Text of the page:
Even complex commodities, like semiconductors, are at risk. Last year, when high temperatures forced Taiwan to ration water, factories could no longer adequately cool their facilities. In turn, local manufacturers had to slow or halt production.
The big picture: The World Economic Forum’s latest Global Risk Report — a survey of 1,000 government, corporate and nonprofit leaders— found that the top-five long-term risks to the global economy are all environmental. Climate action failure, extreme weather and biodiversity loss ranked as the most severe.
“Barring sweeping action, extreme weather will disrupt production, halt transportation and upend supply chains. Carbon-intensive companies will become uninsurable. And commodity shortages will drive inflation, as they already are,” said John Buchanan, who leads Conservation International’s sustainable production strategy. “Corporations are starting to see climate change for the existential threat that it is — and recent private sector pledges on deforestation and decarbonization reflect this shift.”
Humanity can walk and chew gum at the same time, a new study shows.
The story: To decarbonize the global economy and prevent runaway climate change, humanity must rapidly scale up renewable energy projects. Though technical advances have made clean energy cheaper, wind and solar farms tend to require significant tracts of land for turbines and panel arrays, as well as access roads and other critical infrastructure. A new study finds that the expansion of renewables need not come at the expense of fragile ecosystems, writes John Timmer for Ars Technica.
Researchers mapped existing protected areas and the ranges of all threatened land vertebrates. After overlaying areas used for wind and solar farms, they found that only 15 percent of existing facilities are located within conservation zones — mainly in Europe. This figure is expected to remain low, since most priority habitats are poorly suited for wind and solar energy production. There are, however, two notable areas where energy expansion and ecosystems will likely collide: Brazil and parts of Southeast Asia, where species density complicates development.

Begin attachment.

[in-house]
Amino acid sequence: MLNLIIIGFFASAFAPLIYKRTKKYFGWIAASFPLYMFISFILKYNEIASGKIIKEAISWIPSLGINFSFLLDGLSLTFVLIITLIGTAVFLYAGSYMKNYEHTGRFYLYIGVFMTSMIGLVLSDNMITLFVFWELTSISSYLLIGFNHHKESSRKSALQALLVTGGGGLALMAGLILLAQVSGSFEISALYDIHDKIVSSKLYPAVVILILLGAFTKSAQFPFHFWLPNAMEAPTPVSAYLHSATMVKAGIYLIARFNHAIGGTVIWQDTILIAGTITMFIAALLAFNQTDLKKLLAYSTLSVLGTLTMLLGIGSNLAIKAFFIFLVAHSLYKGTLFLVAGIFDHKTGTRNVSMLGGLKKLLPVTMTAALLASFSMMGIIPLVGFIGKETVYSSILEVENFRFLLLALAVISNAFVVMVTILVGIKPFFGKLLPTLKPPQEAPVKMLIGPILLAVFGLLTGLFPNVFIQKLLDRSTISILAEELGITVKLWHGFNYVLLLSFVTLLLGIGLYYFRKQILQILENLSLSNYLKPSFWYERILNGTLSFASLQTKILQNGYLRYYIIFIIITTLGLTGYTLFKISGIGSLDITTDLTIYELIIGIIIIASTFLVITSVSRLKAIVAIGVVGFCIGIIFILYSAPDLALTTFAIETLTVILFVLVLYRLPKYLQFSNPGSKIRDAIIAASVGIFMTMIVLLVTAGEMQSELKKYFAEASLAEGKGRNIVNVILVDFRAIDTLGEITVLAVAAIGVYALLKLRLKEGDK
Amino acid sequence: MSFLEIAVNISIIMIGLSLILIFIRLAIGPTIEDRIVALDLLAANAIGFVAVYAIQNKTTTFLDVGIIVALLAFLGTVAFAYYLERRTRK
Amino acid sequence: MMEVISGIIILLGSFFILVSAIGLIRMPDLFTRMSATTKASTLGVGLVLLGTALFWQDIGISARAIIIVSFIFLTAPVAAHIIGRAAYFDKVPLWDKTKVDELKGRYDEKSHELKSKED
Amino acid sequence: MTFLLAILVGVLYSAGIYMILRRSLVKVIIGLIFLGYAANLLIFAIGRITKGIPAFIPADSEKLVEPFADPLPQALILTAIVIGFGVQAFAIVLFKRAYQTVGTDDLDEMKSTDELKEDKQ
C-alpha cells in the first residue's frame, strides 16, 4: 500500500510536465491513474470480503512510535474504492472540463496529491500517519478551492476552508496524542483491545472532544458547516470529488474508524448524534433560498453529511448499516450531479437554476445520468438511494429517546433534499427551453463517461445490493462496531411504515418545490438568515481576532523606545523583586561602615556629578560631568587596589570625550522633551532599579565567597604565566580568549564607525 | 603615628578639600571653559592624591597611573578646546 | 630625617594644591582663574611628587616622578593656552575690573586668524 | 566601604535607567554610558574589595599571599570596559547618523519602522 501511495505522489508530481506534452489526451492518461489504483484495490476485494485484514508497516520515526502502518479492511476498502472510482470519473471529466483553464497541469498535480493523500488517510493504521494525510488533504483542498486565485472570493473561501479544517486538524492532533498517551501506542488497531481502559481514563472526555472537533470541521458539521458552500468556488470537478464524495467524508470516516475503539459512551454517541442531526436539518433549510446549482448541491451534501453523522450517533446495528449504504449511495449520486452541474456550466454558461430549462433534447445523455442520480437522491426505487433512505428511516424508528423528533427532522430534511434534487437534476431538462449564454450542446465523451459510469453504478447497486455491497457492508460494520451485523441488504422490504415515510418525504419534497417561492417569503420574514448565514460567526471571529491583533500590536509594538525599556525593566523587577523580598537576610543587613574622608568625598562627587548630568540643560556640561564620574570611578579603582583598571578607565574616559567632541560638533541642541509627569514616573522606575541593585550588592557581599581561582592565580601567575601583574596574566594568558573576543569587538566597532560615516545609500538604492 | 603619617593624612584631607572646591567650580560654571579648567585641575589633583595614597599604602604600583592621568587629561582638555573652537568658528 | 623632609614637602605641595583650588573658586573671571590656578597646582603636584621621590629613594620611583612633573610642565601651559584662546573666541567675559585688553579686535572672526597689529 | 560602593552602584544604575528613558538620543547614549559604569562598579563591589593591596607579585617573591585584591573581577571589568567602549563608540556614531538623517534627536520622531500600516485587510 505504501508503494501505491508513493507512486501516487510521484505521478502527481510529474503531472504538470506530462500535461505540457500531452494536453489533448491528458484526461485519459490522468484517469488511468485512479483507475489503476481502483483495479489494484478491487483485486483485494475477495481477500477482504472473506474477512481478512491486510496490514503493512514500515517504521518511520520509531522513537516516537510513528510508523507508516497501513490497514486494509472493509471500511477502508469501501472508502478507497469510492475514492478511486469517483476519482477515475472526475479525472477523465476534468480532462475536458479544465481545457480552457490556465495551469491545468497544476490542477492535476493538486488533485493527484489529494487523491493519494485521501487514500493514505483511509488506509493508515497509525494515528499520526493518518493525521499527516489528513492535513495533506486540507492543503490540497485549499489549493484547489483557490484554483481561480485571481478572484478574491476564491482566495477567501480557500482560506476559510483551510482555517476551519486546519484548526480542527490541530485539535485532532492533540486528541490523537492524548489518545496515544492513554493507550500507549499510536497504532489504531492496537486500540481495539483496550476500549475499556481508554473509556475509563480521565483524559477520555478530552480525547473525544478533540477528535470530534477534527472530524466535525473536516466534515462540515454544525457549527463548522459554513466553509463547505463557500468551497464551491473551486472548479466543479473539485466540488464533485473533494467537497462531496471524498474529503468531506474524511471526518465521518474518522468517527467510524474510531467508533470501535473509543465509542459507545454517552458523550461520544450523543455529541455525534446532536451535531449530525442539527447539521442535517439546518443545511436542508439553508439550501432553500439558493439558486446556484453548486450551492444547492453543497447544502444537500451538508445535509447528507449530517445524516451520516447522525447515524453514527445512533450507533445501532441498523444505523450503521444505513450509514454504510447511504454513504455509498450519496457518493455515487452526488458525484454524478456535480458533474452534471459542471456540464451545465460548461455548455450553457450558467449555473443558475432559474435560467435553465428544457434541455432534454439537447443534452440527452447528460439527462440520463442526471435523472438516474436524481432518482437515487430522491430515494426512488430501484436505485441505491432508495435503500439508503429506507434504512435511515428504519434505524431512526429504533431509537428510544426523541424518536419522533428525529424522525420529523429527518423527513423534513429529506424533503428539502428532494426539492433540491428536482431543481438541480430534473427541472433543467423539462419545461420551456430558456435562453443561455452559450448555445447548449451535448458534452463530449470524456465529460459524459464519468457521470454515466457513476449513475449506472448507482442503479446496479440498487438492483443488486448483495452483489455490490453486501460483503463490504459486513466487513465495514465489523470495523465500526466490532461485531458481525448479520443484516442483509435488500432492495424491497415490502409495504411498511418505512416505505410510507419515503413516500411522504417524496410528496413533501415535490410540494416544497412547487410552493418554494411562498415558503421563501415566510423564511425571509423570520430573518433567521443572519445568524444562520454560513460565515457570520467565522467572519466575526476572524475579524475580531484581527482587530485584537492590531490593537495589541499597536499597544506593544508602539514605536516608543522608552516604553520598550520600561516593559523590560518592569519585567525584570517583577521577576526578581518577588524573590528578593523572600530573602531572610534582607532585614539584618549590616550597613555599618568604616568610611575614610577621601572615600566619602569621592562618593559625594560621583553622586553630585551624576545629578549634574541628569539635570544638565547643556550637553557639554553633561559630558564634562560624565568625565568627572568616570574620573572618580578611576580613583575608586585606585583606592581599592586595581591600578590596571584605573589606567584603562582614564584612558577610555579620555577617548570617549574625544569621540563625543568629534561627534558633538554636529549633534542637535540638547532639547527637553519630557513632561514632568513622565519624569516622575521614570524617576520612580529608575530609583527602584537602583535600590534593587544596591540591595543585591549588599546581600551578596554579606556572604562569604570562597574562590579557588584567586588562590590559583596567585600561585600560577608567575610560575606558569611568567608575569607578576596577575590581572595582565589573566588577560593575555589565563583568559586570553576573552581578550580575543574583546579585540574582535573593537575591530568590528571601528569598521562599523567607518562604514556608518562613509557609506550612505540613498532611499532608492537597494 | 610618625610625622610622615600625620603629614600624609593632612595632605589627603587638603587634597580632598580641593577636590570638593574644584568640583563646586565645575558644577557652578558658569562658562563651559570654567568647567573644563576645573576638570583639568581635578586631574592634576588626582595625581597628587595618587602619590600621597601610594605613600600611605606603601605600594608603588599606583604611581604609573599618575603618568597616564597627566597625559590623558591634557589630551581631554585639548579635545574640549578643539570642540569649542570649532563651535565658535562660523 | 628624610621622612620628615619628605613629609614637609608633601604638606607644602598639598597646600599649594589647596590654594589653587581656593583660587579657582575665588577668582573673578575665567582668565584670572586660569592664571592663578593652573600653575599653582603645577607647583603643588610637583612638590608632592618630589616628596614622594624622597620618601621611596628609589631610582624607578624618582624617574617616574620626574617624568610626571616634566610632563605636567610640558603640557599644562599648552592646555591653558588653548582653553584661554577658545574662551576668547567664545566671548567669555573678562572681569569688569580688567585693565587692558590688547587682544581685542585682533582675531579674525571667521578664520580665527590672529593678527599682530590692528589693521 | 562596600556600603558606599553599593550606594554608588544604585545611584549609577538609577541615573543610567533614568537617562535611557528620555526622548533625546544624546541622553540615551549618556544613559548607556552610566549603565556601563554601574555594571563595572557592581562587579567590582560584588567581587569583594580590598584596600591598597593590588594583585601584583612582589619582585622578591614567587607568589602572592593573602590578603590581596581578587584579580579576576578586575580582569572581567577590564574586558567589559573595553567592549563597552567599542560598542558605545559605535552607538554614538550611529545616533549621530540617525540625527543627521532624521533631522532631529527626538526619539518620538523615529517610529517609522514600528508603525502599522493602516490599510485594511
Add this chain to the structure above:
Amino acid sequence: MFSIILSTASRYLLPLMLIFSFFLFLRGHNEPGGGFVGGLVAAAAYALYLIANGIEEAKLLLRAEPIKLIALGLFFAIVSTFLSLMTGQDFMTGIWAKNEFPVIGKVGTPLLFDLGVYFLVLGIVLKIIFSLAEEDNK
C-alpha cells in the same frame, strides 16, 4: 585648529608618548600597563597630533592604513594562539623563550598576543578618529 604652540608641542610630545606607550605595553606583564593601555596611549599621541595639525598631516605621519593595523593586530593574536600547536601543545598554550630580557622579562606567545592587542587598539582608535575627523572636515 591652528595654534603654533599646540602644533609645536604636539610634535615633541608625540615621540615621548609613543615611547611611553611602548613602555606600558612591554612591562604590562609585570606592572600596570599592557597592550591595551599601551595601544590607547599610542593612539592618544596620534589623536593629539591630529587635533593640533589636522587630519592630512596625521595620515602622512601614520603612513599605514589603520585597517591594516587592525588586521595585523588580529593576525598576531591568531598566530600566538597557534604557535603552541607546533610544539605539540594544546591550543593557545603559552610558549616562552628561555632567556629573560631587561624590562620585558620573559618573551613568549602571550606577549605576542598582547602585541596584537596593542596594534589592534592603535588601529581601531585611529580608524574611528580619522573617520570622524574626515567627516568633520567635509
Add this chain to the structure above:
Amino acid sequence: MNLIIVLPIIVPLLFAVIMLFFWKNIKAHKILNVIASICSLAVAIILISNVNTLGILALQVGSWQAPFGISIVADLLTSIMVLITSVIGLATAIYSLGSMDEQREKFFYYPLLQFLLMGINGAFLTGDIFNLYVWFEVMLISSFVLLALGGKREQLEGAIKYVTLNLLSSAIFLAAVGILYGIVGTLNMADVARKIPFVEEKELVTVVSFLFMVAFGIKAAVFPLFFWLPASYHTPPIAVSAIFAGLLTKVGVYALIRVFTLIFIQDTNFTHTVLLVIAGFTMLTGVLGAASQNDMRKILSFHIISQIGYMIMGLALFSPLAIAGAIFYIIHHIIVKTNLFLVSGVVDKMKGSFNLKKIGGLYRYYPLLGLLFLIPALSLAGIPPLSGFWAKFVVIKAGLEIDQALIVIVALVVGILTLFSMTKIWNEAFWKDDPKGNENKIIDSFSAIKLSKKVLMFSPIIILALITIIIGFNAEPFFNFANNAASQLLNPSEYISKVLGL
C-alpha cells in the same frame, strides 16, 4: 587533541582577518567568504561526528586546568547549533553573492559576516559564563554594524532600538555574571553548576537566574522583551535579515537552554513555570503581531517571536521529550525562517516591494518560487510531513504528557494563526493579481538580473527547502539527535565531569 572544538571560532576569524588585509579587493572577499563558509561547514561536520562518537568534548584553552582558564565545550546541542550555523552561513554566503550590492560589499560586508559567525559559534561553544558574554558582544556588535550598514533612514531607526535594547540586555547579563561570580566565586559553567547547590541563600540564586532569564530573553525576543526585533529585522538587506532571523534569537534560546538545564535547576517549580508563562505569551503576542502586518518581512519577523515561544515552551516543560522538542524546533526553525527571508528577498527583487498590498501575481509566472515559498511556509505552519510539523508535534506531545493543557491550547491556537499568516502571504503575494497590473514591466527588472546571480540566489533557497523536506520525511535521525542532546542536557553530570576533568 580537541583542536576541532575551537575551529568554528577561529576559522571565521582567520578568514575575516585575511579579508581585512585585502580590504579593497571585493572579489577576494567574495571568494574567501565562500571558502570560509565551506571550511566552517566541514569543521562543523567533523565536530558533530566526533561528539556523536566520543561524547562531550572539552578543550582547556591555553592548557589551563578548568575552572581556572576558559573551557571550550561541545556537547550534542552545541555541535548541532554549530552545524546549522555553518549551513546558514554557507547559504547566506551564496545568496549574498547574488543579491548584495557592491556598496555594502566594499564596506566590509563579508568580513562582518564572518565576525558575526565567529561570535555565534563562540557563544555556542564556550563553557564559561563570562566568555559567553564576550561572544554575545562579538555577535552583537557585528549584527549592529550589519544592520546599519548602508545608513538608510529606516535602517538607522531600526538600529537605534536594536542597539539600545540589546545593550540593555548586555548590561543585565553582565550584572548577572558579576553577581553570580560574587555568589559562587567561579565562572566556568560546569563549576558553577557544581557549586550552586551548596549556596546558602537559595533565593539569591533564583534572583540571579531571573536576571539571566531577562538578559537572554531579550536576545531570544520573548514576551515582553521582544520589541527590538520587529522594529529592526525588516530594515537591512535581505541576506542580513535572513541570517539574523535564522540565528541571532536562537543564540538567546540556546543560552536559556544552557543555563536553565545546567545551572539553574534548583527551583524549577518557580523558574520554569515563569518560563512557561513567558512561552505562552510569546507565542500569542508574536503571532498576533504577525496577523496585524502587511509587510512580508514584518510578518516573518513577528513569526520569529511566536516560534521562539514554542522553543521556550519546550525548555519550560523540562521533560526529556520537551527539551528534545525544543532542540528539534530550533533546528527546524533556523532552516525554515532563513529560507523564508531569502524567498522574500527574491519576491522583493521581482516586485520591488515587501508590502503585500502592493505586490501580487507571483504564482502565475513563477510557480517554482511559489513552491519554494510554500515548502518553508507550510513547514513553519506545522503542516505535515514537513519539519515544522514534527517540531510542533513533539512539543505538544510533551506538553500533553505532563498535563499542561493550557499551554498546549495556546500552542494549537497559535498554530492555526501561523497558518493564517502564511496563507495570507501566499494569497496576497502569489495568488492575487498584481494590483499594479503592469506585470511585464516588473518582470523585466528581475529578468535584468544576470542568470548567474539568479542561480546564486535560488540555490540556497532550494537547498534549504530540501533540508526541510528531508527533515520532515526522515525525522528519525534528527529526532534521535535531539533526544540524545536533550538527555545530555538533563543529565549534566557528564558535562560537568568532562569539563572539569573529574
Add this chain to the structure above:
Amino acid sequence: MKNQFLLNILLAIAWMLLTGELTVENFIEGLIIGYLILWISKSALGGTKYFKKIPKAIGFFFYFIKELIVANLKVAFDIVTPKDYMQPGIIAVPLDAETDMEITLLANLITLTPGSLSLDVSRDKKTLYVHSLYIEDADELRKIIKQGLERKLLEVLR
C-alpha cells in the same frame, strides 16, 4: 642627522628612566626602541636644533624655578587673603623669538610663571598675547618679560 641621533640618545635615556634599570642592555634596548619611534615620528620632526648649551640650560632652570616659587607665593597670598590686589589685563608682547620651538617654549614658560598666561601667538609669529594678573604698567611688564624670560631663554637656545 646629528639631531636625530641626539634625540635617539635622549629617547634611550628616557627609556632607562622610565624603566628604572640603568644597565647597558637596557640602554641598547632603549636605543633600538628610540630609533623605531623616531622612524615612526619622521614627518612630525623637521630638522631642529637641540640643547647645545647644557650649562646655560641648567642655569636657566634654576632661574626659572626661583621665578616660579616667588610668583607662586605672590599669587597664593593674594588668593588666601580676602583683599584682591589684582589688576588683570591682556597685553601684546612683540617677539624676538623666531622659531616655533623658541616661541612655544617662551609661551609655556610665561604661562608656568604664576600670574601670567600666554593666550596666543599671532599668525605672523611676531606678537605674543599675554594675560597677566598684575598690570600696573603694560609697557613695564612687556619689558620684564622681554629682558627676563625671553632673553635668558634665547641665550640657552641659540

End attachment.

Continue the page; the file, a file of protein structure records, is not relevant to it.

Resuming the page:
The big picture: Protected areas are crucial for biodiversity, communities’ livelihoods and climate — but legal protections are not always permanent. In recent years, Conservation International has documented the rollback or elimination of protected areas in more than 70 countries. Though fossil fuel exploration is a common cause of legal rollbacks, the Southampton team could not find any instances of clean energy expansion leading to the rollback of existing protected areas.
The study’s authors wrote: “While conflicts between renewables and protected areas inevitably do occur, renewables represent an important option for decarbonization of the energy sector that would not significantly affect area-based conservation targets if deployed with appropriate policy and regulatory controls.”
- Further reading: Study: Too often, COVID recovery comes at nature’s expense
Cover image: Sunset in Ecuador (© Robin Moore/iLCP)